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Newsline - August 28, 1995


OMRI DAILY DIGEST

Vol. 1, No. 167, 28 August 1995
DERZHAVA HOLDS CONGRESS.
Derzhava's top three candidates will be former Vice President Aleksandr Rutskoi, former Liberal Democratic Party campaign organizer Viktor Kobelev, and the press secretary for the Metropolitan of St. Petersburg, Konstantin Dushenov, NTV reported. Rutskoi told his 26 August party congress that its main strength lies in the fact that it did not participate in the 1993 Duma elections and did not make empty promises. He rejected any alliances with other groups because of the "snobbism, opportunism, and the personal ambitions of political leaders who dream of being president." Rutskoi announced that his main themes would be restoring Russia as a great power within its natural borders as well as "housing, food, clothing, health care, education, ecology, and personal and collective security." Rutskoi's party does not have enough money to run an effective national campaign, according to Kommersant-Daily on 26 August. -- Robert Orttung

COMMUNIST PARTY DECIDES ELECTION STRATEGY.
Communist Party leader Gennadii Zyuganov, former RSFSR Supreme Soviet Deputy Chairwoman Svetlana Goryacheva, and Kemerovo Oblast Legislative Assembly Chairman Aman Tuleev will top the Communist Party's list, the party's conference decided on 26 August, ITAR-TASS reported. The party's campaign platform calls for forming a government of national salvation and "eliminating the catastrophic consequences of the reforms." The platform also outlines the party's plans for the June 1996 presidential race. Zyuganov denounced the extreme Communist groups for seeking "Communist purity" and affirmed that his party's platform is based on "Marxist dialectics." The party will cooperate with Nikolai Ryzhkov's Power to the People movement and Mikhail Lapshin's Agrarian Party, Ekho Moskvy reported. -- Robert Orttung

MASYUK INTERVIEWS BASAEV AGAIN.
NTV journalist Yelena Masyuk interviewed Chechen field commander Shamil Basaev, who led the 14-19 June operation in Budennovsk, and Chechen fighter Alauda Khamzatov, who led last week's raid on police headquarters in Argun, for the network's popular weekly current events show "Itogi." The interview is a challenge to the Procurator General's Office, which on 13 July opened a criminal investigation of Masyuk for allegedly concealing information from law enforcement authorities following her 26 June interview of Basaev. Other Russian and Western journalists who interviewed Basaev in recent weeks have not faced criminal investigations, leading NTV to charge that the network has been singled out in an official campaign of intimidation. -- Laura Belin

THIRD CONGRESS OF RUSSIA'S DEMOCRATIC CHOICE FORMS "UNITED DEMOCRATS" BLOC.
Delegates to the third congress of Yegor Gaidar's Russia's Democratic Choice agreed to form a new electoral bloc called Russia's Democratic Choice--United Democrats, Russian media reported on 26 August. The bloc will include Yurii Chernichenko's Peasant's Party, Aleksandr Yakovlev's Russian Party of Social Democracy, Women for Solidarity, and Soldiers for Democracy. According to Ekho Moskvy, Gaidar will lead the bloc's party list, followed by human rights activist Sergei Kovalev, the actress Lidiya Fedoseeva-Shukshina, and General Eduard Vorobev, who refused to lead the military operation in Chechnya. -- Laura Belin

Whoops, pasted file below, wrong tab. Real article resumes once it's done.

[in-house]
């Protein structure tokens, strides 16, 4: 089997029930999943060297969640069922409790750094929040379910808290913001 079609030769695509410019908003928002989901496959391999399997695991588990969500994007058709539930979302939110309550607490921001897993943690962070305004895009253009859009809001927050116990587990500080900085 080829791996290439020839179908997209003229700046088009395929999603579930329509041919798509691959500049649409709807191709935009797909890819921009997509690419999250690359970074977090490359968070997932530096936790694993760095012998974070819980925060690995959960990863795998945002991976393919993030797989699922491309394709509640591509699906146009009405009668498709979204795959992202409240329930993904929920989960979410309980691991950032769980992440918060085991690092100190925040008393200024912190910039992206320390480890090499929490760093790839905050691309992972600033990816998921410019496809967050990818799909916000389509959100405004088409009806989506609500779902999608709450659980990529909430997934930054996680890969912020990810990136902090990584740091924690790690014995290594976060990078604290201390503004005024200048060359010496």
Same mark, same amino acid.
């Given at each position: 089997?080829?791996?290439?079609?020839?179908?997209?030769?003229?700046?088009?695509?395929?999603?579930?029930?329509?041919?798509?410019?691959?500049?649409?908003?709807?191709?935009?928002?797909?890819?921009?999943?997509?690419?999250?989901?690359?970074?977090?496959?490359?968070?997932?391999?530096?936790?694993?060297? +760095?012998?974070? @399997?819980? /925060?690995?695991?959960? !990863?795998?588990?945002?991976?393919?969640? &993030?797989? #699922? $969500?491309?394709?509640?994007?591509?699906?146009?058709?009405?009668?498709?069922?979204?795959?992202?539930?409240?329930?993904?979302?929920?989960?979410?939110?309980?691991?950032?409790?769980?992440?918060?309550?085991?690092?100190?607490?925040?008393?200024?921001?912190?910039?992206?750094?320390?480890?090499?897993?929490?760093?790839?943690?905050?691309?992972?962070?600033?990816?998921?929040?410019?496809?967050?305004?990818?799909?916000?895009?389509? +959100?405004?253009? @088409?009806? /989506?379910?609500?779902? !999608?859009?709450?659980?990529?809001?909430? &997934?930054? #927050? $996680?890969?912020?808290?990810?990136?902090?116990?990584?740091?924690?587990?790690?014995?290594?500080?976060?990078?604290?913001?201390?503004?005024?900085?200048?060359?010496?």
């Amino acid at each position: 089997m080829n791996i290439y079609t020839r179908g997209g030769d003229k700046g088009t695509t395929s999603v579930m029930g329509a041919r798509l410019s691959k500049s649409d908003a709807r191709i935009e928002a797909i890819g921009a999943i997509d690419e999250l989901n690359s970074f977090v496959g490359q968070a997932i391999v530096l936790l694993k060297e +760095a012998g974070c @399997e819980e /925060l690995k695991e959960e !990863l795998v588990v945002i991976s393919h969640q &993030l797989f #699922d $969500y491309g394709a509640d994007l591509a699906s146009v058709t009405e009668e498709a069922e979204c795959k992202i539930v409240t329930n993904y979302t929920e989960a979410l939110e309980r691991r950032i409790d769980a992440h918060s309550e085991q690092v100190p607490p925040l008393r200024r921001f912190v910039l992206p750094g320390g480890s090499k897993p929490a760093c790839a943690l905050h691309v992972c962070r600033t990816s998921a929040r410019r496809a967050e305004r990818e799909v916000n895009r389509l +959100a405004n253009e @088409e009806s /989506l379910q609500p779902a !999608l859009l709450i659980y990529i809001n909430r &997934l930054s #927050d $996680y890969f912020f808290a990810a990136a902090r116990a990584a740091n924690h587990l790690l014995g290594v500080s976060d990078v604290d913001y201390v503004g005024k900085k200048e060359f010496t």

MOSCOW BRANCH OF OUR HOME IS RUSSIA FORMED.
At the founding conference of the Moscow branch of Prime Minister Viktor Chernomyrdin's bloc Our Home Is Russia, Mayor Yurii Luzhkov confirmed that the city's government will support the bloc, NTV reported. The bloc's regional council includes the deputy head of the Moscow government, Ernest Bakirov, Vechernyaya Moskva editor-in-chief Aleksandr Lisin, and cultural figures such as singer Lyudmila Zykina. The Moscow branch became the 83rd regional organization of the prime minister's bloc, which will hold its second nationwide congress on 2-3 September. -- Laura Belin

LOBOV APPOINTMENT CONFIRMED.
In an interview with ITAR-TASS on 25 August, President Boris Yeltsin confirmed that he had appointed Security Council secretary Oleg Lobov as his special representative in Chechnya. Yeltsin said Lobov will have authority over all military and civilian authorities in Chechnya during the "transitional period" before new elections. Lobov will continue to serve as Security Council secretary, said Yeltsin, adding that he expects Lobov's assignment in Chechnya to last about one year. Lobov's appointment did not meet with the approval of Khodz-Akhmed Yarikhanov, lead Chechen negotiator, who told NTV in Grozny that he would have preferred to see someone of "a more peaceful profession" appointed to the position. Lobov, who supported the decision to send federal troops to Chechnya, beat out more moderate candidates such as Arkadii Volskii and Vyacheslav Mikhailov, although he reportedly did not want the appointment. -- Scott Parrish

AFGHAN REBELS RAISE NEW DEMANDS FOR RELEASE OF RUSSIAN CREW.